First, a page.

With their powerful and muscular builds, Quarter horses are brilliant at speedy accelerations and movements. Their calm nature makes these horses really valuable in search and rescue missions and crowd control.

When Were Police Horses First Used In The UK And Why Are They Still Used Today?

Police horse history

In 1790, the Metropolitan Police Mounted Branch, the oldest section of the Metropolitan Police, was established. This marked the beginning of the mounted police along UK streets. First known as the Bow Street Horse Patrol, their main duty was to police the turnpike roads (toll roads) leading into London – but we’ll explain more of this in a moment.

This made sure horse-drawn coaches were safe and protected from highwaymen. These toll roads, which were important routes into the capital, were financed through tolls set by an Act of Parliament. When the Metropolitan Police Force was formed in 1829, the Bow Street Horse Patrol became its mounted branch.

Note: A highwayman refers to a notorious robber (basically just bad people) who were known for their horseback robberies.

Still with us? Good!

This came at a time when London’s population was really growing and professional policing was desperately needed. Sir Robert Peel, Home Secretary in 1822, approved the establishment of a full-time, professional and centrally-organised police force for the Greater London area, with police officers using horses.

The Metropolitan Police Act of 1829 gave way to his vision, giving the Metropolitan Mounted Police authority over a radius of initially 7 miles from the city centre, later extended to 15 miles (excluding the City of London).

Today, with around 110 horses, the mounted branch works from various stables including Hyde Park, Great Scotland Yard, Lewisham, Hammersmith, and West Hampstead. Additionally, mounted branches can be found in many police forces across England, Scotland, and Wales.

Police horses

Strathorn Skye, our homebred Connemara x Clydesdale working with Police Horse Scotland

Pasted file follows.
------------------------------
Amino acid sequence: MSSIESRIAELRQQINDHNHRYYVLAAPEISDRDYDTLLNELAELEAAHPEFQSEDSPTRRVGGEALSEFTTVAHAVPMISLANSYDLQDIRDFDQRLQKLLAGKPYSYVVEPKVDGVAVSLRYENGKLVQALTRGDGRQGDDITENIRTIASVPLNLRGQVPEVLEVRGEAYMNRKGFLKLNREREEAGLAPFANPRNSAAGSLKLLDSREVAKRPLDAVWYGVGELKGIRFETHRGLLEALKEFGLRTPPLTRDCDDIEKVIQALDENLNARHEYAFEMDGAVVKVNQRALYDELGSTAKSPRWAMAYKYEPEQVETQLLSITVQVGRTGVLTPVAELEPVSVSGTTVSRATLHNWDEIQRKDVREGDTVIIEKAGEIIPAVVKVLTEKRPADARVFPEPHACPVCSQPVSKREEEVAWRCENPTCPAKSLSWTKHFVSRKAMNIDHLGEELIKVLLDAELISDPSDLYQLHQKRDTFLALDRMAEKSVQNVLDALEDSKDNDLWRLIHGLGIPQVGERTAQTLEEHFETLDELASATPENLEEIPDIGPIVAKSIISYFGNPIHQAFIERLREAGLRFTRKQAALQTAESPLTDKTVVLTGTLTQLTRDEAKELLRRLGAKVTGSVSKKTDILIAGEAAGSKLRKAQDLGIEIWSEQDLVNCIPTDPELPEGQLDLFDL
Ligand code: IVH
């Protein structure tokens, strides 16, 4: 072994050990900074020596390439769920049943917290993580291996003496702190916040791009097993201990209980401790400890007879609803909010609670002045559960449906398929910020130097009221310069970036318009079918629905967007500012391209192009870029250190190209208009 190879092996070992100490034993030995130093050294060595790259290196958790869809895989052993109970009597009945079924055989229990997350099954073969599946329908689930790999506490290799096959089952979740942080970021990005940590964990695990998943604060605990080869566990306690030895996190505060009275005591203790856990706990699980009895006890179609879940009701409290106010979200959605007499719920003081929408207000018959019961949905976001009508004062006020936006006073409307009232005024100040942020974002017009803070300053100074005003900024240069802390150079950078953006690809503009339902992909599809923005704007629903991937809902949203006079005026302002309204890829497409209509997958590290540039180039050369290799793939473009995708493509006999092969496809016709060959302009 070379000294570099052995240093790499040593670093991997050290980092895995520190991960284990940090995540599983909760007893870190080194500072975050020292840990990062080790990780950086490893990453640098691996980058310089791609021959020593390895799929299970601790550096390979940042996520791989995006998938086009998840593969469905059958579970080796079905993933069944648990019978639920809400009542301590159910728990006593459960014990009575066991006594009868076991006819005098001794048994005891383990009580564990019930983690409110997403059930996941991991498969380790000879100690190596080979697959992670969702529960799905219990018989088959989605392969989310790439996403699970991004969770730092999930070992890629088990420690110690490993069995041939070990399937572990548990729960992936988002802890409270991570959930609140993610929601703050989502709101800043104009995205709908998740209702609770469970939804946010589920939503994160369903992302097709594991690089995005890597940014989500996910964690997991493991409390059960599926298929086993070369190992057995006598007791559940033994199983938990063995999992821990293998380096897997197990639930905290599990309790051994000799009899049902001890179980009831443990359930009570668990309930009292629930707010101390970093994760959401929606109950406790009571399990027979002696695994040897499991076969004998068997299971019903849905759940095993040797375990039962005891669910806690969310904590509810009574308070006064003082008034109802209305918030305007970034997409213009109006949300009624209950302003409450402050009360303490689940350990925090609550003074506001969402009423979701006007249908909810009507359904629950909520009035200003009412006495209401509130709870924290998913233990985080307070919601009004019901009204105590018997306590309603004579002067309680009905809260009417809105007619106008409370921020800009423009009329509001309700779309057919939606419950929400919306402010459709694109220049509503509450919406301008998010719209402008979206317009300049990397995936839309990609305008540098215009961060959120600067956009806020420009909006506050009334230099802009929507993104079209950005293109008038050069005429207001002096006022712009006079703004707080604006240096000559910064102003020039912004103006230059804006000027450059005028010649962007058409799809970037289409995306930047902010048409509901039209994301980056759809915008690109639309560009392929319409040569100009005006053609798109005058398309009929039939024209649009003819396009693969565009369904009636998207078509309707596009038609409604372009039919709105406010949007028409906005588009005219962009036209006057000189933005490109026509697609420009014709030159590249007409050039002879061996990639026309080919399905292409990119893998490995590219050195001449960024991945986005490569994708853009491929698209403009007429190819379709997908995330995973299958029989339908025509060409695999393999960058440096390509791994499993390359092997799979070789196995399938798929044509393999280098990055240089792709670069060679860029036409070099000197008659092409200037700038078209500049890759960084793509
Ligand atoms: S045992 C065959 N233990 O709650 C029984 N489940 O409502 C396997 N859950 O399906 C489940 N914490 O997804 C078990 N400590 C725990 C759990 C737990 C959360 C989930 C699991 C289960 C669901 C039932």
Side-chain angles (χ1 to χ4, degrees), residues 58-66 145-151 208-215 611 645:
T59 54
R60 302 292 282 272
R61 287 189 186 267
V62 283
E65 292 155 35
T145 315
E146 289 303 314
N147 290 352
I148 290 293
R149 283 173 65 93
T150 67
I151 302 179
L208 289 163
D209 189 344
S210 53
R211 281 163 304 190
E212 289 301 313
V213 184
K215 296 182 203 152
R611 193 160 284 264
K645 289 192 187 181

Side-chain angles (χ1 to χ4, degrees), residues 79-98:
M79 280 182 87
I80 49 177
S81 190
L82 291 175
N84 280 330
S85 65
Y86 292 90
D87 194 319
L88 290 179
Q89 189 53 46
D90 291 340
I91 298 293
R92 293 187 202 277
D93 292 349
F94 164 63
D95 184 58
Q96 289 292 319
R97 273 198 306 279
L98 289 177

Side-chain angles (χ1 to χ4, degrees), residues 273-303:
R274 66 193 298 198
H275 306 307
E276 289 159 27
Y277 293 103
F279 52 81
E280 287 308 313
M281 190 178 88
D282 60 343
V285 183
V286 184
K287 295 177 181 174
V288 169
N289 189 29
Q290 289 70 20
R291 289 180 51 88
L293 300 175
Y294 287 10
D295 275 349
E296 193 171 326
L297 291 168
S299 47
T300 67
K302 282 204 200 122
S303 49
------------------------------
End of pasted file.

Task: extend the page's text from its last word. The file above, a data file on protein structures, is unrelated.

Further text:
What is a turnpike road?

A turnpike road is a type of road that was operated and maintained by a turnpike trust. These roads were launched under the authority of an Act of Parliament, which allowed the trust to collect tolls or fees from travellers which paid for the construction, improvement and maintenance of the roads.

The term “turnpike” originated from the practice of placing a pike (a type of barrier) across the road, which would be turned to allow passage once the toll was paid.

Wow, that’s almost 200 years of horse history!

Why are police horses still used today?

Police horses are used today for many reasons.

Firstly, they provide a strong and visible presence in the community, preventing criminal activity. The grand size and strength of these horses can help maintain crowd control and manage large-scale events or protests effectively. Police horses are also used for ceremonial occasions.

Police horses offer certain advantages over other forms of policing. They have a higher vantage point, allowing officers to scan their surroundings and spot potential issues more easily. Horses are able to steer through crowded areas much easier than vehicles and can get to locations that are usually unreachable to cars or bicycles.

Additionally, police horses have a unique ability to engage with the community in a positive way. They can help bridge the gap between law enforcement and the general public, as they often attract attention and strike up conversations. This interaction can help build trust, improve public relations, and enhance community policing efforts.

What Makes A Police Horse?

A police horse is not just any ordinary horse; it is a highly trained and specialised horse that plays an important role in keeping law and order. Here we look at some key elements that make perfect police horses.

  1. Temperament and trainability: Police horses need to have a calm and composed temperament, allowing them to remain steady and focused in tough situations. They undergo extensive training to become familiar with loud noises, crowds, and potential dangers that could occur while on duty.A trainable nature is also a must, as these horses need to be able to respond to the riders’ cues swiftly and reliably.
  2. Size and strength: Police horses generally have large builds, standing between 15 – 17 hands tall. Their size and strength allow them to have a commanding and authoritative presence to handle a variety of tasks with ease.
  3. Stamina and endurance: These horses often need to cover long distances, navigate mixed terrains, and work for long periods of time. This means they need to have excellent stamina and endurance to maintain their noble duties.